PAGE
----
BP: Natural Gas Showed “Great Resilience” In 2020
Despite a drop in global energy demand due to COVID-19, natural gas emerged from the pandemic in a position of strength, according to BP’s recently released 2021 Statistical Review.
As the report explains, global primary energy demand fell by 4.5 percent in 2020 – the largest decline since World War II. Yet, natural gas performed better than expected despite the lockdowns, social distancing, and stay at home orders that undermined economic activity.
In fact, the fall in natural gas demand was comparable to that of the 2009 financial crisis, according to BP’s Chief Economist and lead author of the Statistical Review, Spencer Dale:
“Natural gas showed far greater resilience. Gas demand is estimated to have fallen by 2.3 percent (81 Bcm) in 2020, a broadly similar decline to that seen in 2009 in the aftermath of the financial crisis.”
Some key insights around natural gas performance include:
Gas demand fell everywhere but in China
According to the BP report, China’s ongoing demand greatly supported natural gas’ resilience during 2020.
Per the BP report, natural gas demand in China grew by 7 percent and LNG imports increased 10.6 percent in 2020.As the following chart shows, Australia and Qatar are currently the leading sources of China’s LNG imports.
However, as EID has previously explained, U.S. LNG imports have grown recently and are poised to become a key source for China’s natural gas demand in the upcoming years.
In fact, last month, China National Petroleum Corp (CNPC), the country’s second largest crude oil producer, announced it would increase its natural gas use from 8.7 percent to 12 percent by 2030 to reach its climate goals opening up ample opportunity for U.S. LNG to gain market share.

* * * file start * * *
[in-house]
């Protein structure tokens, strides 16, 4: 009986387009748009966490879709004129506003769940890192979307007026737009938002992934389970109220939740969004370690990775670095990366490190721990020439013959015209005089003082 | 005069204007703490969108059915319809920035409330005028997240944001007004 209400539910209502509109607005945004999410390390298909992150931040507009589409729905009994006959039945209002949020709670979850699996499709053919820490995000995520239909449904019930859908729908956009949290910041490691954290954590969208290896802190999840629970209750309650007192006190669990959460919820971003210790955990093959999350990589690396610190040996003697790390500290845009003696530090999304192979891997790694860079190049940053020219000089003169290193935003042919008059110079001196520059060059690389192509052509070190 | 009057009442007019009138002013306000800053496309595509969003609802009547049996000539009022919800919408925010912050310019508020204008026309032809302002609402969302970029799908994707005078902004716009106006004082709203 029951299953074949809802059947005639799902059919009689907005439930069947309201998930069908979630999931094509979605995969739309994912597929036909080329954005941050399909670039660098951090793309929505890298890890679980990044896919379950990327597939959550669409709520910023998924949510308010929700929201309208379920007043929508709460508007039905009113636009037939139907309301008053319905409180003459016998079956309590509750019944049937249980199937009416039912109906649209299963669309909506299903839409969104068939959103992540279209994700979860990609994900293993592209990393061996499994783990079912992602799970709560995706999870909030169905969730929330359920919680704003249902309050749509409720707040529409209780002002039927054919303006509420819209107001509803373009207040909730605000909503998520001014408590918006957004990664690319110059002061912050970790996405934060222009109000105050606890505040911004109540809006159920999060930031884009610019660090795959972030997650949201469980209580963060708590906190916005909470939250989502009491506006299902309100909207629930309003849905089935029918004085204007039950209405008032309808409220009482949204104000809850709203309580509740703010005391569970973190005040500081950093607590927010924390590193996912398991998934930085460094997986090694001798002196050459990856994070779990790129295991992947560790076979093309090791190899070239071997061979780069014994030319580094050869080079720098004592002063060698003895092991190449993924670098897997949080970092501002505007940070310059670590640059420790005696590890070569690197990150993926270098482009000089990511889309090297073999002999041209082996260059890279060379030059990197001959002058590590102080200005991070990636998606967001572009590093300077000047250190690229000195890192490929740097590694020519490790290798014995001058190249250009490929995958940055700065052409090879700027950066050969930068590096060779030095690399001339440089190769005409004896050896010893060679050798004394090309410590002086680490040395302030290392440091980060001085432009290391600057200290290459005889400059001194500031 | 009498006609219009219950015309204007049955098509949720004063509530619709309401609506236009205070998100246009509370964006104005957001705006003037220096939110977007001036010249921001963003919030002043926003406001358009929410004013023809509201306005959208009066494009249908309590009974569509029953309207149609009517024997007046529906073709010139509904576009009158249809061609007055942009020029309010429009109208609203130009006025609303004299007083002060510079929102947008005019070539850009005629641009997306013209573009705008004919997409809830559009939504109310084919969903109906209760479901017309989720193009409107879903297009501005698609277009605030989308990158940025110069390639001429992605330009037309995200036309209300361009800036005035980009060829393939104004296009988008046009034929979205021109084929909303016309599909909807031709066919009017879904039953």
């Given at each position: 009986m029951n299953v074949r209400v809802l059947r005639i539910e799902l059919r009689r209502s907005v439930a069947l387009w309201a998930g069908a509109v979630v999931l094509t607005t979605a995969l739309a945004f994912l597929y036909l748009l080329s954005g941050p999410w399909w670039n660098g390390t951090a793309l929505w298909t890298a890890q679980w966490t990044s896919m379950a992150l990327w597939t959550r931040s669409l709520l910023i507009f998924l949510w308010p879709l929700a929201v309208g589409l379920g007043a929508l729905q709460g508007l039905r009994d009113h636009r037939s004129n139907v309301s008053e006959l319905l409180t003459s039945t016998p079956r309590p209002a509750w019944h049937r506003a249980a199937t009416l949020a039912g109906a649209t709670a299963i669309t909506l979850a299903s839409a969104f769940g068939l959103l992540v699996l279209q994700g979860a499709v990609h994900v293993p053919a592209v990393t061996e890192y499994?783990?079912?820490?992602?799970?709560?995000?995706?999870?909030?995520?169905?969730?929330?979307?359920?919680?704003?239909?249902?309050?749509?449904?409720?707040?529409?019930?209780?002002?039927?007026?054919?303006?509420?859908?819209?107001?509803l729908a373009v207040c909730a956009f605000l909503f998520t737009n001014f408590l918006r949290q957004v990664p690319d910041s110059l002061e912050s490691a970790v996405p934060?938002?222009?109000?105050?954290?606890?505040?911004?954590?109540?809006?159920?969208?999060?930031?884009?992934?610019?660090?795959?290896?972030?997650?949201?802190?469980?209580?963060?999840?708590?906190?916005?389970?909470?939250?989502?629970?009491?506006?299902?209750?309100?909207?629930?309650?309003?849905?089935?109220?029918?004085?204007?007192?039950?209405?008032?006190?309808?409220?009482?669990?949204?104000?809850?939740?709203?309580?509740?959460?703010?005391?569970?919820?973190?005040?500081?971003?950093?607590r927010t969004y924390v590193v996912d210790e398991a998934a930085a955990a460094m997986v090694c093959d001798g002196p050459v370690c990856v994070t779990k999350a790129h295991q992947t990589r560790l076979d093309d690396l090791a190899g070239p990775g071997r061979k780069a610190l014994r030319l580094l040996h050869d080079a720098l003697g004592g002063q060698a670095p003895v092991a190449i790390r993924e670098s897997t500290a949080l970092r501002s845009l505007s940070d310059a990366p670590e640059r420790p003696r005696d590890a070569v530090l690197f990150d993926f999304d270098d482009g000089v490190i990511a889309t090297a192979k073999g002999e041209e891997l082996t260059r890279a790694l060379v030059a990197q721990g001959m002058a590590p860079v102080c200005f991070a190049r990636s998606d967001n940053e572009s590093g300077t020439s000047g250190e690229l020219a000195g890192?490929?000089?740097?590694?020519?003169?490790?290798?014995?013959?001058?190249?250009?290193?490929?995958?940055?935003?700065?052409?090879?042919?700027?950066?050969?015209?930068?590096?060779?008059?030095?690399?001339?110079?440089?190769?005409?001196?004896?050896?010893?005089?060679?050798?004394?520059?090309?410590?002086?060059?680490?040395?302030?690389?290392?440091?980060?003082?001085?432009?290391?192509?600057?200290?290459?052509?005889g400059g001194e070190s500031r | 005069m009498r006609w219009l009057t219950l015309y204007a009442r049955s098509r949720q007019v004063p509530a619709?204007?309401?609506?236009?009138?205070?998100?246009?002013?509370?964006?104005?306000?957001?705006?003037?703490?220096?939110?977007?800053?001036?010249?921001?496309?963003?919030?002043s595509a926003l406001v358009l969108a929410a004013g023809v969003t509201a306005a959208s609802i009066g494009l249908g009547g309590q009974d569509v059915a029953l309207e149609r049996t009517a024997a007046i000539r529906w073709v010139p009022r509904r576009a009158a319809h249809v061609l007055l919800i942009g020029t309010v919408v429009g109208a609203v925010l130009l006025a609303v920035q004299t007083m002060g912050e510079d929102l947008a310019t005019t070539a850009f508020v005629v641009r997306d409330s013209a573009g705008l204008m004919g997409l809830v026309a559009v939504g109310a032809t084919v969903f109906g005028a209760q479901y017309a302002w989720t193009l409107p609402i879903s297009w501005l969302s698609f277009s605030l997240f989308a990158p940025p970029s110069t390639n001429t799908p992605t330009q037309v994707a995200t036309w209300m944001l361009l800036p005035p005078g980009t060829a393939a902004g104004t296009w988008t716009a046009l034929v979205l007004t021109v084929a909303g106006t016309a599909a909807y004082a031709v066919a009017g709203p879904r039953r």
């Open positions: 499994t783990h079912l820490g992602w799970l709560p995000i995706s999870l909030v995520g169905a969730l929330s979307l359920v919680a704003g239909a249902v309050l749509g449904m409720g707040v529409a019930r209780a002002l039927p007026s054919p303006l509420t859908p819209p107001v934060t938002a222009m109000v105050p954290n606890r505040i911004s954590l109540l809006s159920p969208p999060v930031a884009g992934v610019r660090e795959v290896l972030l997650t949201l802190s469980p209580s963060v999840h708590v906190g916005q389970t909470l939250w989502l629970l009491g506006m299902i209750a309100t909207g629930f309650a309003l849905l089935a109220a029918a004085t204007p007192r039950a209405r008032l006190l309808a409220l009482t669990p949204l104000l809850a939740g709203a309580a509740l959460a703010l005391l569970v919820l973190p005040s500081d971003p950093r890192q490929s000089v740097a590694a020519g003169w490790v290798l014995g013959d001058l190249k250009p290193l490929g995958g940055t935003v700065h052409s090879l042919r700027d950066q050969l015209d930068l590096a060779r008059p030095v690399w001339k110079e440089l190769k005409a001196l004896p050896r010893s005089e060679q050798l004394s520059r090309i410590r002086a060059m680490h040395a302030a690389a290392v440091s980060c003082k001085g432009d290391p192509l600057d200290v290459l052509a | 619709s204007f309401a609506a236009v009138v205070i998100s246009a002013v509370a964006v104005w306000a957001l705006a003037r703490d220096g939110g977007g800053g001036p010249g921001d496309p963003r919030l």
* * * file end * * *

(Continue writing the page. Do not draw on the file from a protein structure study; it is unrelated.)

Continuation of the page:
Natural gas gained market share in the U.S. power market
Another unexpected result of the COVID-19 pandemic was natural gas’ growth within the U.S. energy mix. Per the report, natural gas gained market share as a result of the sharp fall in prices, which made the resource more competitive and facilitated the continued switch to the fuel for electricity generation. As Dale explained:
“The relative immunity of natural gas was held by shortfalls in gas prices, which allowed gas generation to gain share in the US power market.”
While the coal-to-gas transition has played out for several years now, the COVID-19 induced shock to energy demand appears to have accelerated this process. The U.S. Energy Information Administration recently reported that coal-fired electricity generation fell 20 percent in 2020, explaining:
“U.S. coal-fired electricity generated totaled 774 million megawatthours (MWh) in 2020, which is less than both natural gas-fired (1.6 billion MWh) and nuclear-powered generation (790 million MWh), according to the U.S. Energy Information Administration’s (EIA) Electric Power Monthly. Last year marked the first time that coal was not the largest or second-largest source of annual electricity generation in the United States since at least 1949.”
This will not only help further reduce CO2 emissions, but also help ensure that consumers continue enjoying affordable and lower-carbon electricity.
U.S. LNG exports also grew
Despite falling below the 10-year average growth rate because of the drop in demand from COVID-19, U.S. LNG supply expanded by 29 percent, compensating for drastic declines in other regions including Europe and Africa.
U.S. LNG’s meteoric rise has positioned the country as the third largest LNG exporter in just six years. As noted by EID, the United States has six LNG export facilities online, and multiple new projects are expected to start operations, or be approved, shortly.
The BP Statistical Review serves as an x-ray of the current state of the energy industry worldwide and also brings some needed perspective. As anti-energy activists work to discredit natural gas’ role in the energy transition, the report shows how this cornerstone fuel is providing affordable energy for everyone, but also, that despite the most adverse economic and demand conditions, it remains strong.